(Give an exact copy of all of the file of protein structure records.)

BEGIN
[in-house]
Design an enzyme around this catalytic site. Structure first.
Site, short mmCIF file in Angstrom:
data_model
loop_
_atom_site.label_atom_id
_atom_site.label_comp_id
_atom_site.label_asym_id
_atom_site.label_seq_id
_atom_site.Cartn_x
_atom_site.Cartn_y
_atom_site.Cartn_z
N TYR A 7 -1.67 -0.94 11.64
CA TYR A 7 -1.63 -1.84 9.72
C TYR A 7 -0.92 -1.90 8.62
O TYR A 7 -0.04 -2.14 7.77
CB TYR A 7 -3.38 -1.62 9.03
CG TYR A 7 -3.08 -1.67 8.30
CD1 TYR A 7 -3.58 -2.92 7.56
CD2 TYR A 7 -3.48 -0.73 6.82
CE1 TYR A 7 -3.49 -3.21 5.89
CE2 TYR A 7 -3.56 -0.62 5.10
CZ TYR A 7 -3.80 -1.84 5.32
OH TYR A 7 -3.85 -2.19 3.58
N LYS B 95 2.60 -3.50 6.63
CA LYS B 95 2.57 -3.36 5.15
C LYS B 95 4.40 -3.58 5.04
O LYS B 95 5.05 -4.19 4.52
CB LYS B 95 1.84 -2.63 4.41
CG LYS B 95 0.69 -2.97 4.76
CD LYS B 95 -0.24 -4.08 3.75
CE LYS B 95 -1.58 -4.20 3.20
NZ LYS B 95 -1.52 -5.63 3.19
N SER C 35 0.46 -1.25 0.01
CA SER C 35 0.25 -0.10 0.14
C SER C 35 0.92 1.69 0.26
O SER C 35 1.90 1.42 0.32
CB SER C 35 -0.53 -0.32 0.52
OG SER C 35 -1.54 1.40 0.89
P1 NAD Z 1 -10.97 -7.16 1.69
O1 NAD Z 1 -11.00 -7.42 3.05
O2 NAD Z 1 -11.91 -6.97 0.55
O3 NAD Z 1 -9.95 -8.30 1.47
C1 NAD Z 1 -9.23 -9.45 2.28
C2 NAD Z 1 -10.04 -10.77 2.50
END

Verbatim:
[in-house]
Design an enzyme around this catalytic site. Structure first.
Site, short mmCIF file in Angstrom:
data_model
loop_
_atom_site.label_atom_id
_atom_site.label_comp_id
_atom_site.label_asym_id
_atom_site.label_seq_id
_atom_site.Cartn_x
_atom_site.Cartn_y
_atom_site.Cartn_z
N TYR A 7 -1.67 -0.94 11.64
CA TYR A 7 -1.63 -1.84 9.72
C TYR A 7 -0.92 -1.90 8.62
O TYR A 7 -0.04 -2.14 7.77
CB TYR A 7 -3.38 -1.62 9.03
CG TYR A 7 -3.08 -1.67 8.30
CD1 TYR A 7 -3.58 -2.92 7.56
CD2 TYR A 7 -3.48 -0.73 6.82
CE1 TYR A 7 -3.49 -3.21 5.89
CE2 TYR A 7 -3.56 -0.62 5.10
CZ TYR A 7 -3.80 -1.84 5.32
OH TYR A 7 -3.85 -2.19 3.58
N LYS B 95 2.60 -3.50 6.63
CA LYS B 95 2.57 -3.36 5.15
C LYS B 95 4.40 -3.58 5.04
O LYS B 95 5.05 -4.19 4.52
CB LYS B 95 1.84 -2.63 4.41
CG LYS B 95 0.69 -2.97 4.76
CD LYS B 95 -0.24 -4.08 3.75
CE LYS B 95 -1.58 -4.20 3.20
NZ LYS B 95 -1.52 -5.63 3.19
N SER C 35 0.46 -1.25 0.01
CA SER C 35 0.25 -0.10 0.14
C SER C 35 0.92 1.69 0.26
O SER C 35 1.90 1.42 0.32
CB SER C 35 -0.53 -0.32 0.52
OG SER C 35 -1.54 1.40 0.89
P1 NAD Z 1 -10.97 -7.16 1.69
O1 NAD Z 1 -11.00 -7.42 3.05
O2 NAD Z 1 -11.91 -6.97 0.55
O3 NAD Z 1 -9.95 -8.30 1.47
C1 NAD Z 1 -9.23 -9.45 2.28
C2 NAD Z 1 -10.04 -10.77 2.50